The first task undertaken at the club ( after the first cup of tea and lighting the woodburner ) was to redirect the water cascading off the airfield away from the car park which resembled a lake and then set about draining the car park itself. The skill with which this was accomplished must be due to many hours with bucket and spade on the beach in their younger days.

The rain water running off the airfield.
There were several other tasks undertaken. Rick and Simon changed the bearings on the ML winch pay on rollers. Rick also worked on the small tractor starting system. Later Rick and Simon replaced the Simulator’s computer and commissioned a new smaller screen to display the instruments separately from the main screen. Interesting.

Rick seemed less than impressed with my attempts at reversing the ML into the hangar
Rick checking out the simulator with it's new instrument display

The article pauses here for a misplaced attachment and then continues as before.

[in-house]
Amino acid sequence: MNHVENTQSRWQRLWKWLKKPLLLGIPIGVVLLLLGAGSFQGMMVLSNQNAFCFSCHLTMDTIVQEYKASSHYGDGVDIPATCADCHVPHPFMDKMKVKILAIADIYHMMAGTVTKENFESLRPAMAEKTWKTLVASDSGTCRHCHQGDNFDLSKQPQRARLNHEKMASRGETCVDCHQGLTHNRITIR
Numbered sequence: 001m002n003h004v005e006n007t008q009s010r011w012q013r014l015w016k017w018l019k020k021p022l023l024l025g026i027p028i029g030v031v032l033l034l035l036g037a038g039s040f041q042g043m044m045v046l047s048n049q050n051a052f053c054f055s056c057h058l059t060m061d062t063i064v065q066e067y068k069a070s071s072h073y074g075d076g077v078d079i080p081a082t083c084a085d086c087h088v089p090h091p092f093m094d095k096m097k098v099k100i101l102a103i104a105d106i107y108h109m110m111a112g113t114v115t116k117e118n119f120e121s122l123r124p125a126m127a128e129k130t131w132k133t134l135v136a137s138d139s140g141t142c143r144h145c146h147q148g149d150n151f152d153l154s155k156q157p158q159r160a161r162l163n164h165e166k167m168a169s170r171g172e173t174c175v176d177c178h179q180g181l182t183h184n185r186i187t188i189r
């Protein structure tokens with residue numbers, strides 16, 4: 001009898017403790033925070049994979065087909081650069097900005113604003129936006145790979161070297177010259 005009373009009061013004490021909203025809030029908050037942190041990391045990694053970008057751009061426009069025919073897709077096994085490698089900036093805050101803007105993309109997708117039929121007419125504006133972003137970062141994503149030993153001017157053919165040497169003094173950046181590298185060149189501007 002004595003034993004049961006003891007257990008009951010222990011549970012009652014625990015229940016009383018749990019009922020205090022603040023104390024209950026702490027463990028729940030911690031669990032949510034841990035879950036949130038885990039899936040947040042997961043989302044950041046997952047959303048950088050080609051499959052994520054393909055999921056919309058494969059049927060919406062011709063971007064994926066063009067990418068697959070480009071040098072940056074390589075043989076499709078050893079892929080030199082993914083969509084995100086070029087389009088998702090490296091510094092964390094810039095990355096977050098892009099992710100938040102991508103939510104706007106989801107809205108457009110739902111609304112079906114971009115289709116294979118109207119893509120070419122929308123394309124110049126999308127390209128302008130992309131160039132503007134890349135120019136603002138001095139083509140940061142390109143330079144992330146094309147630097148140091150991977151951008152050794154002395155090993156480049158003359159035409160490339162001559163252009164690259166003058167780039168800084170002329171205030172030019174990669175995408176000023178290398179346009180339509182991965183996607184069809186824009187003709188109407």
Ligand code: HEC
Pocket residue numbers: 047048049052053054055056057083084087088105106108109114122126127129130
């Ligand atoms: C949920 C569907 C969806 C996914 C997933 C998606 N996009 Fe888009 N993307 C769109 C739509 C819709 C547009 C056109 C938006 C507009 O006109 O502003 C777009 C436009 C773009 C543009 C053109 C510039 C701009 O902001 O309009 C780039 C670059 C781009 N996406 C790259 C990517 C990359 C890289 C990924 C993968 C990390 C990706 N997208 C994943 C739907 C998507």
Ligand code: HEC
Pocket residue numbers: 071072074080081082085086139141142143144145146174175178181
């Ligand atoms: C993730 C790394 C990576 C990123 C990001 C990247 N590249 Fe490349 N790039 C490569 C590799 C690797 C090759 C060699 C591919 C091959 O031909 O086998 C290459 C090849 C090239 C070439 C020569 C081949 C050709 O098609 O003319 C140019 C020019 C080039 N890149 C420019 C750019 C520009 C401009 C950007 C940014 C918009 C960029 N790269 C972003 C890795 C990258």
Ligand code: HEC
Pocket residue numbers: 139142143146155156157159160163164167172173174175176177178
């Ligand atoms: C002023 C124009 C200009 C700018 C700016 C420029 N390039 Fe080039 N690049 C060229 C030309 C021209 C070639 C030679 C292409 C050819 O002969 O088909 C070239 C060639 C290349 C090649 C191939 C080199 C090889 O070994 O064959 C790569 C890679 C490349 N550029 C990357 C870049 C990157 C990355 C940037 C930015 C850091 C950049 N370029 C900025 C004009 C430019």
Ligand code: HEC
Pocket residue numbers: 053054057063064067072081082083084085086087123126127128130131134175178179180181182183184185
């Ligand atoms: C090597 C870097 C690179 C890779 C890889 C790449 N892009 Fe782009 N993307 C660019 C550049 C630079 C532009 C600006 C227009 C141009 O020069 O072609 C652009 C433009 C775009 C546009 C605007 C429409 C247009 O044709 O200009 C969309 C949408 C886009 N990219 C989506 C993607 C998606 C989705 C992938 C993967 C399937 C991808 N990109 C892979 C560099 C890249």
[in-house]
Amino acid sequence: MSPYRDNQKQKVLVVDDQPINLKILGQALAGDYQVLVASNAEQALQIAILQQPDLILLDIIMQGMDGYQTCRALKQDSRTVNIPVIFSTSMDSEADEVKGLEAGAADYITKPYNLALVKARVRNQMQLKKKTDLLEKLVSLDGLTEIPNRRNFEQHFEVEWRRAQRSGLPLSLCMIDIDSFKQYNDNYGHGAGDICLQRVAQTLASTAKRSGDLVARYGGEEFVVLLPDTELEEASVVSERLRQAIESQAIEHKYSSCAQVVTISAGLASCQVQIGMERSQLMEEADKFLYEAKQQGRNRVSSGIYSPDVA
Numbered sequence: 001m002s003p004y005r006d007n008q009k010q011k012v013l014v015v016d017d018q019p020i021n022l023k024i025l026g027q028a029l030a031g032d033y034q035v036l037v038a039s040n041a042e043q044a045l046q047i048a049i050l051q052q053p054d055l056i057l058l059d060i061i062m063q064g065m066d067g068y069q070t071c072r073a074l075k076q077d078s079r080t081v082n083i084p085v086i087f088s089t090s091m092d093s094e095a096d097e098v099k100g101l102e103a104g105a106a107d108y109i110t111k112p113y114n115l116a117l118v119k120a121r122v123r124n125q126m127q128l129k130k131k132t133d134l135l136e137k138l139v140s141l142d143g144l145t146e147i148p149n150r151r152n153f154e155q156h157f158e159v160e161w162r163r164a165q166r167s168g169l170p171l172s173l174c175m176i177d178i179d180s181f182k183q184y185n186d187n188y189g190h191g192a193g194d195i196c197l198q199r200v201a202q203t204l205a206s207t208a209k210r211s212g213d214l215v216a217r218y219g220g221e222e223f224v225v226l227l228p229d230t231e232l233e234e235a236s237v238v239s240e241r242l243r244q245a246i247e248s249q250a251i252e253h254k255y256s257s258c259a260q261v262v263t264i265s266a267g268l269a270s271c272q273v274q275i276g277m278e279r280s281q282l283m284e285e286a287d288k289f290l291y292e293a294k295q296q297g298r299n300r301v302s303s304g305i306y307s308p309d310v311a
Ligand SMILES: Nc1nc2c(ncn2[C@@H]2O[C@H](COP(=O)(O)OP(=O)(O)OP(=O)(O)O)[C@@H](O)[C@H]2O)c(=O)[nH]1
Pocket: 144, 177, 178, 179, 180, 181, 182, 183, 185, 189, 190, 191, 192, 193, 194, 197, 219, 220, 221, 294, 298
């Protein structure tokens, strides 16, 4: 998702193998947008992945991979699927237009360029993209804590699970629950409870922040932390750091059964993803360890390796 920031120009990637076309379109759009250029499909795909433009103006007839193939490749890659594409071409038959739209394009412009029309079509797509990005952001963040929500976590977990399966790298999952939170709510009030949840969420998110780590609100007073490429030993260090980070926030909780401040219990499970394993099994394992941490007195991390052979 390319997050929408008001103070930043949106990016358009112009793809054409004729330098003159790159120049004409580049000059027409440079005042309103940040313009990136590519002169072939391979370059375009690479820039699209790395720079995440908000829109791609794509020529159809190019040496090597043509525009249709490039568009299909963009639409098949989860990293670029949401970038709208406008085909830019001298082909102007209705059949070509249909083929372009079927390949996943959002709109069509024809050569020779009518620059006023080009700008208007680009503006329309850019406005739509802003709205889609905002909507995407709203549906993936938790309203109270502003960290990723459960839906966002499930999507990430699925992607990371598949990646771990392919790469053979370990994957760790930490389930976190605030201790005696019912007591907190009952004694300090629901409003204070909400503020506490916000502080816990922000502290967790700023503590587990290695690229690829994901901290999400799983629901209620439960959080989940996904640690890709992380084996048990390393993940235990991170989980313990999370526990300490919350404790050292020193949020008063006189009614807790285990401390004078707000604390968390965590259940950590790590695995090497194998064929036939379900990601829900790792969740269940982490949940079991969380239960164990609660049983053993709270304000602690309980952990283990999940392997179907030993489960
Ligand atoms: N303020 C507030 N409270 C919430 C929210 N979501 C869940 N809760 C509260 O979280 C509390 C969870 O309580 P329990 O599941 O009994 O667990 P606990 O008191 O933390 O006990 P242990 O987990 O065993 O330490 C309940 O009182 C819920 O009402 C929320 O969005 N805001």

As the day wore on the conditions cleared and enabled Steve Rain, Mike Jardine and myself to undertake a strop hunt along the whole runway and in the surrounding fields. The reward was a blue strop recovered from the south field.

Mike and Steve repairing the recovered  strop
We welcomed a group of cubs from the 11th Plymouth troop who attended as part of their aviation badge. Peter and Paula Howarth along with Mike Jardine did a good lob of showing them the aircraft and equipment including a chance to fly the simulator.

Today's visitors.

A productive day.


Dartmoor Gliding News-Wednesday 4th November 2015

Cloudbase today was 700 feet above sea level. This is a bit of a problem as the airfield is 820 feet above sea level. Brentor sat in the cloud ( or is that fog ) all day. The only good point to this is that the runway did not receive the deluge of rain which was coming out of the clouds at lower levels.

So a wasted day then? Not a bit of it.

CFI Don Puttock was in fine form today delivering the ground training for our potential new Introductory Flight Pilots. This was followed by discussions training techniques and some encouragement for Jorg Beasley to study for his Bronze C exam.

Don in Lecture mode
Elsewhere saw the delivery of some much needed materials track maintenance. This work can start soon. The most important item today was Ged delivering and fitting a new grate for the woodburner.